Internet commerce does not involve any paper money but it uses the credit money in order to put it on the internet. Quite simply put, e-commerce is business done on the web. It provides ease of entry and portability and the ability of staring a business without leaving your home.
Compare that with opening a brick and mortar store. You would first need to find a physical location. Commercial rents can be quite staggering and commercial most lessees are looking for a long term contract. It is quite difficult to commit to anything long term when building a business as future revenues are difficult if not impossible to project. After securing the location you would need to furnish the interior of the store, purchase liability insurance and find employees unless of course you will be the full-time employee. Brick and mortar stores require staffing during store open hours which sometimes may amount to 12 hours days, seven days a week.
In addition to the initial startup costs there will be ongoing expenses such as utilities, marketing, sales tax (your business will pay local sales tax) to name just a few recurring expenses. Can you see how costly this may become and this is before you subtract the cost of your product (inventory) to see if you can realize a profit. Below are some recent statistics (please note “pre-recession statistics”) from SCORE:
Small Business Survival Rates
Small Business Openings & Closings in 2008:
There were 627,200 new businesses, 595,600 business closures and 43,546 bankruptcies.
Seven out of 10 new employer firms survive at least two years, and about half survive five years. Findings do not differ greatly across industry sectors.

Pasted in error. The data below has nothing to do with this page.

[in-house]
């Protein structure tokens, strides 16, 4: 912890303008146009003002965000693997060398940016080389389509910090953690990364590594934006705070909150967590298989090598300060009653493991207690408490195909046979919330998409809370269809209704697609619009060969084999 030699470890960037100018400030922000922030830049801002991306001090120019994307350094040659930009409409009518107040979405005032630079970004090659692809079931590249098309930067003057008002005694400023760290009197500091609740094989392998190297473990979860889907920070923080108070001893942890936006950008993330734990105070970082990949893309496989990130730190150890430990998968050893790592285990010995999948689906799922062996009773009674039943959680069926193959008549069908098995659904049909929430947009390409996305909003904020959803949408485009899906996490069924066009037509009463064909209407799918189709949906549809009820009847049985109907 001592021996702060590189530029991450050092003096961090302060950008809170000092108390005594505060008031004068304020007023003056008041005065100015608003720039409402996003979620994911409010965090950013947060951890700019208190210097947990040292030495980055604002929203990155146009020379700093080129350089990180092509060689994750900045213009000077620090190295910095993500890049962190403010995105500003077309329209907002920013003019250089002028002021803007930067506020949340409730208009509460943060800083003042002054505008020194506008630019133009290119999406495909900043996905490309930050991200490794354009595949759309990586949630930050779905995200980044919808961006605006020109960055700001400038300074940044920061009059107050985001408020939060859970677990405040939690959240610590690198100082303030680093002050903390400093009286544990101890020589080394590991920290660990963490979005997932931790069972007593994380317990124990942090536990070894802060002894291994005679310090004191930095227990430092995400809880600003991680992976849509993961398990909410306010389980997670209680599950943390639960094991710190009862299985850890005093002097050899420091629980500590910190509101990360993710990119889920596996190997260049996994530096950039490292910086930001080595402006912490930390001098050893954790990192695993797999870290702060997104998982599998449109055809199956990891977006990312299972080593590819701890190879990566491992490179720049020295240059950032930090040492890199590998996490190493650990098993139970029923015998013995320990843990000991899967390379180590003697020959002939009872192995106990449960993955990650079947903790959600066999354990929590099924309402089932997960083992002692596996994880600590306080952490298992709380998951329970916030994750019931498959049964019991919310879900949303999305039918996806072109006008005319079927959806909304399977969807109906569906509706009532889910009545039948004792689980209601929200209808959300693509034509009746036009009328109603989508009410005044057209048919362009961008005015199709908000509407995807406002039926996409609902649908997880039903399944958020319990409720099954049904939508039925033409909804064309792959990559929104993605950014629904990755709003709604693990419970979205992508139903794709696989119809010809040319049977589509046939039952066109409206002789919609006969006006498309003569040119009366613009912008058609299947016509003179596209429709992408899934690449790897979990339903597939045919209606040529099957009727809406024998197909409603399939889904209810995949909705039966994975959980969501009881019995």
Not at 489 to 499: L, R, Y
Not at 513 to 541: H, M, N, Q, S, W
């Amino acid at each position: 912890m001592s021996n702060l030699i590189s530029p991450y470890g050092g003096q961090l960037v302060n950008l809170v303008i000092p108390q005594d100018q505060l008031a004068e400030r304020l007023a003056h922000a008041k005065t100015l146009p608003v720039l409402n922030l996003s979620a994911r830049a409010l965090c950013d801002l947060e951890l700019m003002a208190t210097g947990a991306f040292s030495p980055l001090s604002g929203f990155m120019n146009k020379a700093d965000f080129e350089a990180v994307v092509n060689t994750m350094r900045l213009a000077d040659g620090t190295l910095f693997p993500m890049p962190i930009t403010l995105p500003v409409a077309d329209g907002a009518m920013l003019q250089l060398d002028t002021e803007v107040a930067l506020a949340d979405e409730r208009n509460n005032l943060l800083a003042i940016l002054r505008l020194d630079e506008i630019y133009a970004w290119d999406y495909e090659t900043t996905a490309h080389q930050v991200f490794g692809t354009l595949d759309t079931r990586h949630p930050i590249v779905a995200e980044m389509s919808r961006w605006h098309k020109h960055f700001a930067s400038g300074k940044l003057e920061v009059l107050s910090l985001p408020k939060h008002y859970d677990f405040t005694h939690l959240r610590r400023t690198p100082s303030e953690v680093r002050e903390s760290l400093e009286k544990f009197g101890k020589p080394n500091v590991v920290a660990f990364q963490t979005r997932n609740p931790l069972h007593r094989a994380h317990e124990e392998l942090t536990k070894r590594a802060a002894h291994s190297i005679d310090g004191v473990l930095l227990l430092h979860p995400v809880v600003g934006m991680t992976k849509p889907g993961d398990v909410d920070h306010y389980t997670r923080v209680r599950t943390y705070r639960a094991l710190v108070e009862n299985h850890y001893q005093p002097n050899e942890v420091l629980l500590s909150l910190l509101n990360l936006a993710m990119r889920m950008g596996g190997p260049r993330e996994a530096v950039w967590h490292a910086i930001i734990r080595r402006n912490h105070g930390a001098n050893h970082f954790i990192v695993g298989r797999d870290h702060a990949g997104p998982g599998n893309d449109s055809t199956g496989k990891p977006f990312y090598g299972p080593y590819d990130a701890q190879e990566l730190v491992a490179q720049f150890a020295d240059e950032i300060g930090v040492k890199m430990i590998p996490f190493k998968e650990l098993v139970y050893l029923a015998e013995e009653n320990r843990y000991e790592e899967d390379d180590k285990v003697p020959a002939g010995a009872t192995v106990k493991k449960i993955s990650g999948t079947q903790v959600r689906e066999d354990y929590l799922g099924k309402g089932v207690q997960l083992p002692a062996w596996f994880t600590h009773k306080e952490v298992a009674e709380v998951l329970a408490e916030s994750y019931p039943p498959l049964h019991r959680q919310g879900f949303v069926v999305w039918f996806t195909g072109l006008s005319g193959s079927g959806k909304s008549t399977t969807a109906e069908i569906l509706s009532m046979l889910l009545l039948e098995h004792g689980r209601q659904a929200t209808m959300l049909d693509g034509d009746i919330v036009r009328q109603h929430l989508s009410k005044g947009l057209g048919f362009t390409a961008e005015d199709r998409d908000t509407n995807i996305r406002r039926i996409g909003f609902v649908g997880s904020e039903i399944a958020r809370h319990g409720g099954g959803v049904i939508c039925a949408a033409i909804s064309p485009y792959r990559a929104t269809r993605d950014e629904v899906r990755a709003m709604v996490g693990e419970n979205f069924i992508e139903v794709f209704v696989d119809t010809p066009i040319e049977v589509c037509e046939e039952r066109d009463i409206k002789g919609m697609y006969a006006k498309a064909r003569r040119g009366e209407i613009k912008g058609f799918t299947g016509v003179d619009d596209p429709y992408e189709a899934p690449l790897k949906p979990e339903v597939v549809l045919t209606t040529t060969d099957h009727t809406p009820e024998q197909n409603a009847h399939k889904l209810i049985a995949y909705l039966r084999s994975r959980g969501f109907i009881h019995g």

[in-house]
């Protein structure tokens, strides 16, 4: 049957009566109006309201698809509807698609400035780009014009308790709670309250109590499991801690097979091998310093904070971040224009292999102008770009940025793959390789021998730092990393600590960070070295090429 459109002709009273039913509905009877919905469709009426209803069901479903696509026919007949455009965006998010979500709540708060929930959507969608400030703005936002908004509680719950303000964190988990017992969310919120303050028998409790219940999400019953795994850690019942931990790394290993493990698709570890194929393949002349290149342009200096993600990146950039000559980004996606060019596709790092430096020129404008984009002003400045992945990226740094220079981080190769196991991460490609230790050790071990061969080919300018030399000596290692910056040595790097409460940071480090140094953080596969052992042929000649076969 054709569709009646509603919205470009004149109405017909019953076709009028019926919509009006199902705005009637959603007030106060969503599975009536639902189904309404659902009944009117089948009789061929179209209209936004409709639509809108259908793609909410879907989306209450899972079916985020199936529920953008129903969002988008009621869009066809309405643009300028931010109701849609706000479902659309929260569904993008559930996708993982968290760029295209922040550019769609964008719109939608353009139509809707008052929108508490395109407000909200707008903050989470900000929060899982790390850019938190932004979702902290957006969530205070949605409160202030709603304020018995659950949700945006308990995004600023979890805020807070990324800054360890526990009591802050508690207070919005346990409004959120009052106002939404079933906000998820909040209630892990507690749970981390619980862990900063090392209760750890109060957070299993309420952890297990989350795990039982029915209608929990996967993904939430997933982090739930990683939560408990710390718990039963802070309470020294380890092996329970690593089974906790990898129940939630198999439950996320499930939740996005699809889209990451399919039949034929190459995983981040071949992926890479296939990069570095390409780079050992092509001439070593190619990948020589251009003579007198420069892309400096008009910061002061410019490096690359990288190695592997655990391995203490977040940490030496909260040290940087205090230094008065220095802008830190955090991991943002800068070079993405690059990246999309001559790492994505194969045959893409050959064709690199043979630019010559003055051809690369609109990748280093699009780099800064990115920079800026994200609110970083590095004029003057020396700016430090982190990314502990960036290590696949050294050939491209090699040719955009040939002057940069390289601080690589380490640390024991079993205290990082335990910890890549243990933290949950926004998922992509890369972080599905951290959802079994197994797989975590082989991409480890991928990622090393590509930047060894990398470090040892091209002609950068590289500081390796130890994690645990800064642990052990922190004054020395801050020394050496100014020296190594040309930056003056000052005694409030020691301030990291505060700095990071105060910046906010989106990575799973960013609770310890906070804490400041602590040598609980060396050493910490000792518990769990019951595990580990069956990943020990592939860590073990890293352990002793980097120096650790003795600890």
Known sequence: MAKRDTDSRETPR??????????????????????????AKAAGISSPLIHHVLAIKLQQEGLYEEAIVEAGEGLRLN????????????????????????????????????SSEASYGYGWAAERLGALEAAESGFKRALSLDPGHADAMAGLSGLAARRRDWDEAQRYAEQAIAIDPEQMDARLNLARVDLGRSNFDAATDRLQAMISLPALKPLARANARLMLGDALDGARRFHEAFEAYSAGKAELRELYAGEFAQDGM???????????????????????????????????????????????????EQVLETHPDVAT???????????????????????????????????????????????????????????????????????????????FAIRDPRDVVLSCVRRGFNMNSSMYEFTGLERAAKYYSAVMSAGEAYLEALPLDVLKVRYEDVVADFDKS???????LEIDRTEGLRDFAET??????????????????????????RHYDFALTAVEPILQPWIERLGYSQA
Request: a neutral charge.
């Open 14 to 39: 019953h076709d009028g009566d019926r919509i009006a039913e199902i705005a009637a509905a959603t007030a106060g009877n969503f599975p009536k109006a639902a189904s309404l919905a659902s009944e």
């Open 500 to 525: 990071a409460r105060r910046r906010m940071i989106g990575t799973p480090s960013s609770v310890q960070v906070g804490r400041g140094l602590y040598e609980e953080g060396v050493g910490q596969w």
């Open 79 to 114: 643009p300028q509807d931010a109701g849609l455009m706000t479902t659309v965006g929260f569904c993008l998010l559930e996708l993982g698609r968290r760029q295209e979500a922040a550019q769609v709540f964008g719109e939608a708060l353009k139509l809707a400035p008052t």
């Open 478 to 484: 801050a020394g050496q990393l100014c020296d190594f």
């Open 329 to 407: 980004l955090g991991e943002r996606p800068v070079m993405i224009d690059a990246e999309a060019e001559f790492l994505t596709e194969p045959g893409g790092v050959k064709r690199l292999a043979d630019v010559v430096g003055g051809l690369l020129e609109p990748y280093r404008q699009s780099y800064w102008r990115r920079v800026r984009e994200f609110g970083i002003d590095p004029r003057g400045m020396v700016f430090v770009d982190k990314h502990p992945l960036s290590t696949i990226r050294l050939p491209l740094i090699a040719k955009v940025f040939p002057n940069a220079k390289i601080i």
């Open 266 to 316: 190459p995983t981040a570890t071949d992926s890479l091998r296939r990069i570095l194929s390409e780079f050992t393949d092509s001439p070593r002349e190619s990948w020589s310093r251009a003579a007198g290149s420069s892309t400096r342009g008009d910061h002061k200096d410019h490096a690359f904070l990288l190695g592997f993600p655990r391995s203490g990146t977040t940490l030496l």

Opening a business online by contrast can be very appealing from both a cost and convenience stand point. You will need a computer and an internet connection. A place to work from, presumably your home, items to sell, a camera to upload pictures from and an e-commerce platform or your own website. Of course, this is a rather simplified view of e-commerce start up but essentially that’s it.
eBay offers a tremendous startup opportunity for new business owners. eBay allows a broad range of sellers and variety of items, great for the casual seller “hobbyist” to the full time “corporate”, from household items to corporate jets. You need to possess a few personal characteristics; creativity, tenacity and an entrepreneurial spirit.
“With more than 110 million active users globally, eBay is the world's largest online marketplace, where practically anyone can buy and sell practically anything. Founded in 1995, eBay connects a diverse and passionate community of individual buyers and sellers, as well as small businesses. Their collective impact on e-commerce is staggering: In 2009, the total worth of goods sold on eBay was $60 billion -- $2,000 every second.”